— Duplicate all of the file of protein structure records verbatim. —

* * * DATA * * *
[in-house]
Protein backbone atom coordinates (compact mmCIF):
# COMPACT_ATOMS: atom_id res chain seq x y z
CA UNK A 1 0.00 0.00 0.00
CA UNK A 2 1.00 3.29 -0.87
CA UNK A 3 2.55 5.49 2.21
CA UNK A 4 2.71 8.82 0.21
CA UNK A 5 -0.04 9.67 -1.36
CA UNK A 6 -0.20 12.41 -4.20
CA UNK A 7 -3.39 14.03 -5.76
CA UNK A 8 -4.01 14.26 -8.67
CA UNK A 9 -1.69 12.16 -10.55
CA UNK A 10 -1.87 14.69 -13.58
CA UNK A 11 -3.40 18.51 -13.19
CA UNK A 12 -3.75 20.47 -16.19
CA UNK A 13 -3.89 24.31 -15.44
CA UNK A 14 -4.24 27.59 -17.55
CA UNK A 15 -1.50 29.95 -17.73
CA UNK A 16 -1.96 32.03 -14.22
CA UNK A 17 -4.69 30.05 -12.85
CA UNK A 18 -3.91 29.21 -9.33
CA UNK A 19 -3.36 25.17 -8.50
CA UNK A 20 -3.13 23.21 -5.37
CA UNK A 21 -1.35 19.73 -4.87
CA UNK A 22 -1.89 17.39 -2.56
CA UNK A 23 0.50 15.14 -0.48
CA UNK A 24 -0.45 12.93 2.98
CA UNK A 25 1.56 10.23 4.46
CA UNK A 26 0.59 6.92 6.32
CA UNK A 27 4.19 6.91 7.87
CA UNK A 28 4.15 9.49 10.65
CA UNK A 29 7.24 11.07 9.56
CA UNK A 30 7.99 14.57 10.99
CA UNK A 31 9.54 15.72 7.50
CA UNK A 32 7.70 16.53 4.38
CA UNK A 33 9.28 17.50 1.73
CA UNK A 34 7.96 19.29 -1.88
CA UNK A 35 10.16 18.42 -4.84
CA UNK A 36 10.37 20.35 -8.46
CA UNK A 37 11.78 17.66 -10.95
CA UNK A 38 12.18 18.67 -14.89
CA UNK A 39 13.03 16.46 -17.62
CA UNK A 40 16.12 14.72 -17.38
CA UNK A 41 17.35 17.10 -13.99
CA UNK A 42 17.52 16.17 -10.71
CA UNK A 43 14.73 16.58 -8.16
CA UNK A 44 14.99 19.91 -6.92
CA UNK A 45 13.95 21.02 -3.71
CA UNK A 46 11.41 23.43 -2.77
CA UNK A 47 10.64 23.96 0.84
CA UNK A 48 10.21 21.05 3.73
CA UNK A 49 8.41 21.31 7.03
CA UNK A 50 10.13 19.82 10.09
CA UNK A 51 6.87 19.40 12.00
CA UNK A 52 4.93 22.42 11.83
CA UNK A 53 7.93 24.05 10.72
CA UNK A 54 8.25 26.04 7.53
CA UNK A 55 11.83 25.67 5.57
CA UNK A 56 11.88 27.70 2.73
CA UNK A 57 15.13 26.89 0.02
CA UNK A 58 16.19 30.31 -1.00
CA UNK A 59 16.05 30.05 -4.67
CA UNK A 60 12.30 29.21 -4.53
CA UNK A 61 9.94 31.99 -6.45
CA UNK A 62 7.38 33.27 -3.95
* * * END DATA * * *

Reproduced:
[in-house]
Protein backbone atom coordinates (compact mmCIF):
# COMPACT_ATOMS: atom_id res chain seq x y z
CA UNK A 1 0.00 0.00 0.00
CA UNK A 2 1.00 3.29 -0.87
CA UNK A 3 2.55 5.49 2.21
CA UNK A 4 2.71 8.82 0.21
CA UNK A 5 -0.04 9.67 -1.36
CA UNK A 6 -0.20 12.41 -4.20
CA UNK A 7 -3.39 14.03 -5.76
CA UNK A 8 -4.01 14.26 -8.67
CA UNK A 9 -1.69 12.16 -10.55
CA UNK A 10 -1.87 14.69 -13.58
CA UNK A 11 -3.40 18.51 -13.19
CA UNK A 12 -3.75 20.47 -16.19
CA UNK A 13 -3.89 24.31 -15.44
CA UNK A 14 -4.24 27.59 -17.55
CA UNK A 15 -1.50 29.95 -17.73
CA UNK A 16 -1.96 32.03 -14.22
CA UNK A 17 -4.69 30.05 -12.85
CA UNK A 18 -3.91 29.21 -9.33
CA UNK A 19 -3.36 25.17 -8.50
CA UNK A 20 -3.13 23.21 -5.37
CA UNK A 21 -1.35 19.73 -4.87
CA UNK A 22 -1.89 17.39 -2.56
CA UNK A 23 0.50 15.14 -0.48
CA UNK A 24 -0.45 12.93 2.98
CA UNK A 25 1.56 10.23 4.46
CA UNK A 26 0.59 6.92 6.32
CA UNK A 27 4.19 6.91 7.87
CA UNK A 28 4.15 9.49 10.65
CA UNK A 29 7.24 11.07 9.56
CA UNK A 30 7.99 14.57 10.99
CA UNK A 31 9.54 15.72 7.50
CA UNK A 32 7.70 16.53 4.38
CA UNK A 33 9.28 17.50 1.73
CA UNK A 34 7.96 19.29 -1.88
CA UNK A 35 10.16 18.42 -4.84
CA UNK A 36 10.37 20.35 -8.46
CA UNK A 37 11.78 17.66 -10.95
CA UNK A 38 12.18 18.67 -14.89
CA UNK A 39 13.03 16.46 -17.62
CA UNK A 40 16.12 14.72 -17.38
CA UNK A 41 17.35 17.10 -13.99
CA UNK A 42 17.52 16.17 -10.71
CA UNK A 43 14.73 16.58 -8.16
CA UNK A 44 14.99 19.91 -6.92
CA UNK A 45 13.95 21.02 -3.71
CA UNK A 46 11.41 23.43 -2.77
CA UNK A 47 10.64 23.96 0.84
CA UNK A 48 10.21 21.05 3.73
CA UNK A 49 8.41 21.31 7.03
CA UNK A 50 10.13 19.82 10.09
CA UNK A 51 6.87 19.40 12.00
CA UNK A 52 4.93 22.42 11.83
CA UNK A 53 7.93 24.05 10.72
CA UNK A 54 8.25 26.04 7.53
CA UNK A 55 11.83 25.67 5.57
CA UNK A 56 11.88 27.70 2.73
CA UNK A 57 15.13 26.89 0.02
CA UNK A 58 16.19 30.31 -1.00
CA UNK A 59 16.05 30.05 -4.67
CA UNK A 60 12.30 29.21 -4.53
CA UNK A 61 9.94 31.99 -6.45
CA UNK A 62 7.38 33.27 -3.95